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Learned Contributors,
please excuse if this is considered thread drift. If this Ethiopian crash and the Indonesian previously covered on here are proved to be linked. Is
not it odd that out of the total number of B.738M departures since entry to service, no one has been subject to this upset and caught it without loss of life ? Especially since Indonesia as I expect all B.738 Max crews are looking out for a recurrence?
Your time and trouble much appreciated,
Be lucky
David
The Lion Air aircraft apparently experienced the same malfunction on the immediately preceding flight to that which ended with the accident but the crew responded correctly and recovered the aircraft. They wrote up the incident as caused by unreliable airspeed. Engineers changed some components, did a ground test and declared the aircraft serviceable.
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Old 11th Mar 2019, 10:49
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For those fixated on the experience level of the first officer, have we stopped to think of the possibility that the information given out on his/her experience level may be false. So far the only official statement I have read or heard about the experience of the pilots is that of the captain which says he is a senior Captain who has been with Ethiopian for 9 years.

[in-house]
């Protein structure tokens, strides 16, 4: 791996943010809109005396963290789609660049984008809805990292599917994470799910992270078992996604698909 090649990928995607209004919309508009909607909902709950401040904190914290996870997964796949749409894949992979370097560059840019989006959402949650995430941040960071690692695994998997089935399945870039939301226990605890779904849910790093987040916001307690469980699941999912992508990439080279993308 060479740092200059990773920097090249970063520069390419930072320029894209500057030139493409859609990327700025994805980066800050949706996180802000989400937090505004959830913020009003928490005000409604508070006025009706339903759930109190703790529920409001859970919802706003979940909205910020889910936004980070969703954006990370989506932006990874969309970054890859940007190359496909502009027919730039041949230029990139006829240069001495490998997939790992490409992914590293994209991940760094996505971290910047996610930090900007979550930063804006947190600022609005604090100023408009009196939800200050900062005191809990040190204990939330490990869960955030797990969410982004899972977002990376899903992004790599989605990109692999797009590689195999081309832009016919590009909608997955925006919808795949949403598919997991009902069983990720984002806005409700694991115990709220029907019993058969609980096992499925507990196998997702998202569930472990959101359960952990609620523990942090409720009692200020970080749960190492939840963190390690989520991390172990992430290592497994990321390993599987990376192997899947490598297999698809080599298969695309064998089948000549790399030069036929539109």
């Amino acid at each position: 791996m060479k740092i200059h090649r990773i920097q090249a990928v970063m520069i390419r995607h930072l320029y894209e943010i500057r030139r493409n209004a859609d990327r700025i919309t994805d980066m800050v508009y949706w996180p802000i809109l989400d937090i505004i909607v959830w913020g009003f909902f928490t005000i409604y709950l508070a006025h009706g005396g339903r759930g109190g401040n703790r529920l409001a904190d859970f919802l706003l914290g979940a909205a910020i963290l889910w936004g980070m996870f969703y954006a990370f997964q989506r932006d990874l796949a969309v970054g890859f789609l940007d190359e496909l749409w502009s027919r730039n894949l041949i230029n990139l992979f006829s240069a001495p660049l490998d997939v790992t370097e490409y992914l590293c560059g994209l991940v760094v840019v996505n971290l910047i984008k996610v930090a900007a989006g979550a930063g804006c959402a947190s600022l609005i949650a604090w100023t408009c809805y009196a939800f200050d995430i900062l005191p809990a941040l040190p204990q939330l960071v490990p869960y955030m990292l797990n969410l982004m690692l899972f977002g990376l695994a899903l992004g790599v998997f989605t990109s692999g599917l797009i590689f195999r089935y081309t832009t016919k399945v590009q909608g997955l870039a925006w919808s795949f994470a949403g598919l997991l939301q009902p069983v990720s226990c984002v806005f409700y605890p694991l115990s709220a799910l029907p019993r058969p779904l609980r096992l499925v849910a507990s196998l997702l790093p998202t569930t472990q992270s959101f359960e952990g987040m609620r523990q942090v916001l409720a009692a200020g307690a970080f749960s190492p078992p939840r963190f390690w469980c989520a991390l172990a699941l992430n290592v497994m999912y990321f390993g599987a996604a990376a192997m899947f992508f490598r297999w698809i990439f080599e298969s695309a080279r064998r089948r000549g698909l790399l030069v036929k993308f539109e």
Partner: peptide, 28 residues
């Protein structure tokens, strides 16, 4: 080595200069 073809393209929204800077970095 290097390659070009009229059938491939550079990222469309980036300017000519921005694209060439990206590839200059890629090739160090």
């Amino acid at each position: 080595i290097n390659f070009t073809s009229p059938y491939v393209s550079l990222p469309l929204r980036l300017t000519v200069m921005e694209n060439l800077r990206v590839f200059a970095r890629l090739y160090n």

Lets think about this for a minute, 200 hours doesn’t making sense taking into consideration average time to qualify for a CPL, the average time for line training and to get checked out on line as a first officer or second officer at the airline or was this a line training flight with a training captain?

As is common knowledge and has always been said on here, having a low time pilot as a first officer straight out of flight school is not uncommon, this is practiced all over the world and so far without issues, lots of very experienced and very good captains today started that way, not every country has their aviation industry set up like the US to start off in the general aviation sector and work yourself up to the majors.
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Old 11th Mar 2019, 10:54
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Originally Posted by silverstrata


There is always a superman, who knws everything. But how many times have you operated these switches? I think I have touched them twice in 10 years. Still know which way they operate? And warnings going off all over the place; and the aircraft pitching up and down, possibly violently; and you only have 200 hours on type .... still know which way these switches operate...?

Silver

Runaway trim is a recall item. It doesn't take a superman to know the memory items it's a requirement of the job. Heaven forfend.
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Old 11th Mar 2019, 11:21
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Unreliable airspeed at takeoff sounds like a pitot problem.
In many areas of africa there are small wasps which habitually try to set up home in pitots so pitot covers are fitted whenever an aircraft is on the ground.
Did someone forget to remove a cover ?

Just a random thought, it has happened before........